SOCU digging into James Bond funding
… As the land donations probe continues
Kaieteur News – The police’s Special Organized Crime Unit (SOCU) has begun combing through the funding of James People’s National Congress (PNCR) member James Reform, as it continues investigations into the state’s mainland donations at Peter’s Hall, East Bank. Demerara.
Sources close to the investigation confirmed this with Kaieteur News.
Bond also posted about SOCU digging into his money, on his Facebook page.
“Bore da Guyana. My persecution continues. All the companies I’ve dealt with are above board. All the clients I have dealt with are also above board. Yet the PPP convinced a Judge in the High Court to order SOCU to access my accounts. SOCU is now approaching people I’ve done business with asking questions like, did James Bond pay you this much money and why, ”Bond noted in his social media post.
The attorney-in-law has been accused of being the mastermind behind several land deals that saw 30 acres of state land being handed over to a Chinese national, Jianfen Yu.
Not only that, Bond was also said to have pocketed more than $ 120 million from both deals.
He was bused by two businessmen embroiled in the scandal – Director of Life 1 Pharms Inc., Avalon Jagnandan; and Director of AZ Pharmaceuticals Medical Supplies and Equipment Inc., Eddie Doolal.
While in police custody, Doolal and Jagnandan told police that not only was the senior PNCR member the brain behind the operations, but he received a large payment from both deals, totaling more than $ 100 million.
It was also not the only land deal that Bond allegedly benefited from.
Kaieteur News would have reported that Bond received a US $ 1 million payment from Trinidad’s logistics company, Lennox Petroleum, for the sale of 10 acres of leased land to ARKEN Group Inc.
In that deal, ARKEN and its principal, Jermaine Richmond, of NICIL leased 20.8 acres of land in Peter Hall on May 9, 2018 for a period of 20 years at US $ 16,224 per year. ARKEN later sold the 10 acres to local logistics company GLASS Holdings Inc. on October 10, 2019 for $ 200M.
Bond allegedly pocketed the money.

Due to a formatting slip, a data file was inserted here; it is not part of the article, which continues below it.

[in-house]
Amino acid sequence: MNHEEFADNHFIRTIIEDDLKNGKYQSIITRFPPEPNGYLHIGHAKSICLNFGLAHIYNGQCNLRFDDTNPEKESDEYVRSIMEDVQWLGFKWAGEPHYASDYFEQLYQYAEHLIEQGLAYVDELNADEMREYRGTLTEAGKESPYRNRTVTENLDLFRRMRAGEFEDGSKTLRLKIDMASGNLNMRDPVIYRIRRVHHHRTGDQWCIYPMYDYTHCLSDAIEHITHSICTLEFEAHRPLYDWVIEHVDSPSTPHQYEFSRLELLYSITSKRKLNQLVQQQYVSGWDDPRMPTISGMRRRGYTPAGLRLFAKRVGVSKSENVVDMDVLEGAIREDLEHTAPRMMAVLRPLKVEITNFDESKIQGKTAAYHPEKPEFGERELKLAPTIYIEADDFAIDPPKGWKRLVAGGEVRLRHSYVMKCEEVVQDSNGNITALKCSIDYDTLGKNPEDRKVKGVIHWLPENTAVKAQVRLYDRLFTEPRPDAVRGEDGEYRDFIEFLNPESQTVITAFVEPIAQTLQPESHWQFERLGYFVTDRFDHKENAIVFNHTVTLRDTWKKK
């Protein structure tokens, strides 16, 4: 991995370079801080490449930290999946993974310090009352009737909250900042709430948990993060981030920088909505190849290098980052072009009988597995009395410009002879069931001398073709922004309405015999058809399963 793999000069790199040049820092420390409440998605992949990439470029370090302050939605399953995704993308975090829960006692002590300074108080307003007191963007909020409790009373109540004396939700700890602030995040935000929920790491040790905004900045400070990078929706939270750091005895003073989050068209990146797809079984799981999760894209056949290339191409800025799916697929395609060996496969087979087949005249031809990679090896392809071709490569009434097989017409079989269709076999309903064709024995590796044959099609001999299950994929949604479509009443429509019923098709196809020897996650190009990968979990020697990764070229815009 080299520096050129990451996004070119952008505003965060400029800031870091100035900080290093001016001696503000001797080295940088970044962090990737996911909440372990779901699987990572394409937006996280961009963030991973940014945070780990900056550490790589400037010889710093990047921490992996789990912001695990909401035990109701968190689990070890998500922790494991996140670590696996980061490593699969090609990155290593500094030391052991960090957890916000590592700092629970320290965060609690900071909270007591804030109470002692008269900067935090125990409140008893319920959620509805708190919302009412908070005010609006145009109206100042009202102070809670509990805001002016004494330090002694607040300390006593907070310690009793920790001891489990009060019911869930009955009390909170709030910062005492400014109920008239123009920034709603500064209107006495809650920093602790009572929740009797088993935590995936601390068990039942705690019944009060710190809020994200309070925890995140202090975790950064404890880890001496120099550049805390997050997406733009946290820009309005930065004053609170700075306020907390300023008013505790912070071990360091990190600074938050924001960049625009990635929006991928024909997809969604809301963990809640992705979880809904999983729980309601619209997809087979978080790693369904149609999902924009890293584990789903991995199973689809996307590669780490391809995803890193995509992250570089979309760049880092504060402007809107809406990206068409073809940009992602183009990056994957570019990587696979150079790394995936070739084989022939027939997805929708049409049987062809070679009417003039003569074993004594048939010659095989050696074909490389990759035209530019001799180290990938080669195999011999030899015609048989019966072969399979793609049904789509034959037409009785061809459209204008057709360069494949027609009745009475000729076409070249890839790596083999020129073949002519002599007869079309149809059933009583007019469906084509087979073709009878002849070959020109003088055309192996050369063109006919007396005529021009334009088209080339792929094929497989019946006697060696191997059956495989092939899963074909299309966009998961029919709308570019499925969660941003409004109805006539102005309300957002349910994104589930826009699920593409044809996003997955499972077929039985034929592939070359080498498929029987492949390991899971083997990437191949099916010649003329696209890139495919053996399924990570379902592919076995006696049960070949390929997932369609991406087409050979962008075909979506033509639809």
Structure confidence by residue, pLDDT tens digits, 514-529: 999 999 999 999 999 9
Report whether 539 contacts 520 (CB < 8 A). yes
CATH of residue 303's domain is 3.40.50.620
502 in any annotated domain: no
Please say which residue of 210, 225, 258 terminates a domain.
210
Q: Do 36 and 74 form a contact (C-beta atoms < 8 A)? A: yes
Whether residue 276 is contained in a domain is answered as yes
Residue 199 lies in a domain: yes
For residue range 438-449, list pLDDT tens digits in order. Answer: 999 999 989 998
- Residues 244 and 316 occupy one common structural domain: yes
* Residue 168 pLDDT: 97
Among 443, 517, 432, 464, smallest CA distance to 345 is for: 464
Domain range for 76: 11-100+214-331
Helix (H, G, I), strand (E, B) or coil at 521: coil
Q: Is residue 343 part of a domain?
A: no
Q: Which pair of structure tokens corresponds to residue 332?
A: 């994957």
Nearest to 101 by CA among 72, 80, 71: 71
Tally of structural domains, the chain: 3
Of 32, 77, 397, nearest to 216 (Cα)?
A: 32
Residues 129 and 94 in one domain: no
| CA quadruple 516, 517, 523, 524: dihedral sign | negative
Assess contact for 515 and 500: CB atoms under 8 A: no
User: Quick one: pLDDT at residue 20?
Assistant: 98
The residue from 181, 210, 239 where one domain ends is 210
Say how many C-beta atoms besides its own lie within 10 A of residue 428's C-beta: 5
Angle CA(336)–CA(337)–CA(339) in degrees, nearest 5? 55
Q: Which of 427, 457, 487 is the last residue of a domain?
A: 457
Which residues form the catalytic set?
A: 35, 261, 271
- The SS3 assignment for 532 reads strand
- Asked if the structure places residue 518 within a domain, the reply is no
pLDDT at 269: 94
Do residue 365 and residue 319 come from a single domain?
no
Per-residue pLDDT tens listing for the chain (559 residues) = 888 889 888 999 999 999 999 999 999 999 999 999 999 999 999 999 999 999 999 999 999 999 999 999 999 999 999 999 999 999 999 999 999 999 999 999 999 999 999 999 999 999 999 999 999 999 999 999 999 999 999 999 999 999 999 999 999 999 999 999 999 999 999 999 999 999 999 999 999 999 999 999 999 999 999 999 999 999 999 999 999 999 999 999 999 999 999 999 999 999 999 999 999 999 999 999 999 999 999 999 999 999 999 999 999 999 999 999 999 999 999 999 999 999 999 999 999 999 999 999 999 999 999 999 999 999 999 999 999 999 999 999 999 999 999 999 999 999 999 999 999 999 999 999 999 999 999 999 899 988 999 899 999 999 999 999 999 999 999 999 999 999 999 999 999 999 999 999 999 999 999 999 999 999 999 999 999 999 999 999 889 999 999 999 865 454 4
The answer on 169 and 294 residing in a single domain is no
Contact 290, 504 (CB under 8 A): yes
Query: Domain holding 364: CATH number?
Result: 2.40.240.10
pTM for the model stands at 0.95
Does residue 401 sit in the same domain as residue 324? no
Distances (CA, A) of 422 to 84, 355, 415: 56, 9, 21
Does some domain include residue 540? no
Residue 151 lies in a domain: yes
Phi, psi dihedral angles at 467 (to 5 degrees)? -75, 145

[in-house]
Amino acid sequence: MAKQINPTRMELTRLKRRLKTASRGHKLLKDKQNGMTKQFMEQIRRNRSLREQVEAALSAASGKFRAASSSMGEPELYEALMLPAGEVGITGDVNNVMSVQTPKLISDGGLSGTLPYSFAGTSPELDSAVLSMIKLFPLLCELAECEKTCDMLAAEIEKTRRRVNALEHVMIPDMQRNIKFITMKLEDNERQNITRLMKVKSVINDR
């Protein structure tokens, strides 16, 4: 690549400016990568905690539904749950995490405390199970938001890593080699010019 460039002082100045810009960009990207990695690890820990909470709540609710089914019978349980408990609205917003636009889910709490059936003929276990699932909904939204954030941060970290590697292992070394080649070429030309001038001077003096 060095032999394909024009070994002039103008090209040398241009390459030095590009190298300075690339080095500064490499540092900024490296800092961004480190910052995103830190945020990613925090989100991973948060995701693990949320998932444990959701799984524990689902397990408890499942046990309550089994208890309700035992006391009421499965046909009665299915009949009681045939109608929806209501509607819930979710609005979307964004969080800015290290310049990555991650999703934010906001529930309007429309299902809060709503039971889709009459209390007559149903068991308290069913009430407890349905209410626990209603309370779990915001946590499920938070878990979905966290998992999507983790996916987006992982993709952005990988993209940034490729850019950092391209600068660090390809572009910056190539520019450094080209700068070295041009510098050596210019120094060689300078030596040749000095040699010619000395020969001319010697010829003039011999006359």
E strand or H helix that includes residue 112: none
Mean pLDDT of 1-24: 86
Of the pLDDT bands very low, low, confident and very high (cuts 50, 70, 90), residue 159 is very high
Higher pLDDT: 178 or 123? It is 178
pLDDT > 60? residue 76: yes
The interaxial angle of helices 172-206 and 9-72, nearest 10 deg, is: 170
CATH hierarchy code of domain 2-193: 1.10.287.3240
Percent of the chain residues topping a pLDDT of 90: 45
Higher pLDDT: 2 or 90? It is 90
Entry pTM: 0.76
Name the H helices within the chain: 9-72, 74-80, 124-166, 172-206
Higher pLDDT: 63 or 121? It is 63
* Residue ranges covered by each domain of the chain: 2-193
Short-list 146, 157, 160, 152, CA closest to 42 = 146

Documents received by Kaieteur News showed that the money was sent directly to a local bank account with Bond’s name on it as the recipient.
Such a large transaction should have triggered red flags right away but it seems, without triggering anything, that questions are raised about how many more large transactions like this have passed under the radar.
In accordance with the Anti-Money Laundering / Countering Terrorism Financing (AML / CFT) Act 2009, the city bank considered that the “reporting entity” was required to pay special attention to “all complex, unusual business transactions. large, unusual patterns of transactions, whether completed or not, have no apparent economic or legitimate purpose and are inconsistent with the profiles of the persons carrying out such transactions. “
That reporting entity would also have to “verify the background and purpose of the transactions or business contacts and record its findings in writing.”
That information would then be passed to the Financial Intelligence Unit.
The FIU was established and operates within the scope of the Anti-Money Laundering and Countering Terrorist Financing (AML / CFTA) Act 2009 and its Regulations.
The Unit, which is responsible for requesting, receiving, analyzing and disseminating suspicious transaction reports and other information relating to money laundering, terrorist financing or proceeds of crime, should have been informed of a Bond bank transaction, but was not.
In addition, a source from the Guyana Bank (BoG) explained to Kaieteur News that a Bond transaction should have raised concerns due to the simple fact that it was in the guise of political lime.
“If you’re a politically exposed person, PEP, one is supposed to be examined many times. It’s not just disappearing like that, going unchecked like that. PEP is viewed differently, so any transaction should have raised eyebrows, ”the source explained.
The transactions would have raised eyebrows for a number of reasons. There are few lands left on the stretch up to Diamond / Golden Grove.
Leased lands should not normally be sold by NICIL.
Investigators want to know why NICIL modified its clauses of the agreements to allow the principals in Peter’s Hall proceedings to sell, when other such documents prohibit.
It also happens that Bond is an active attorney-in-law.
Among other things, researchers wanted to know if the lands were being advertised so that every Guyana could have had a chance.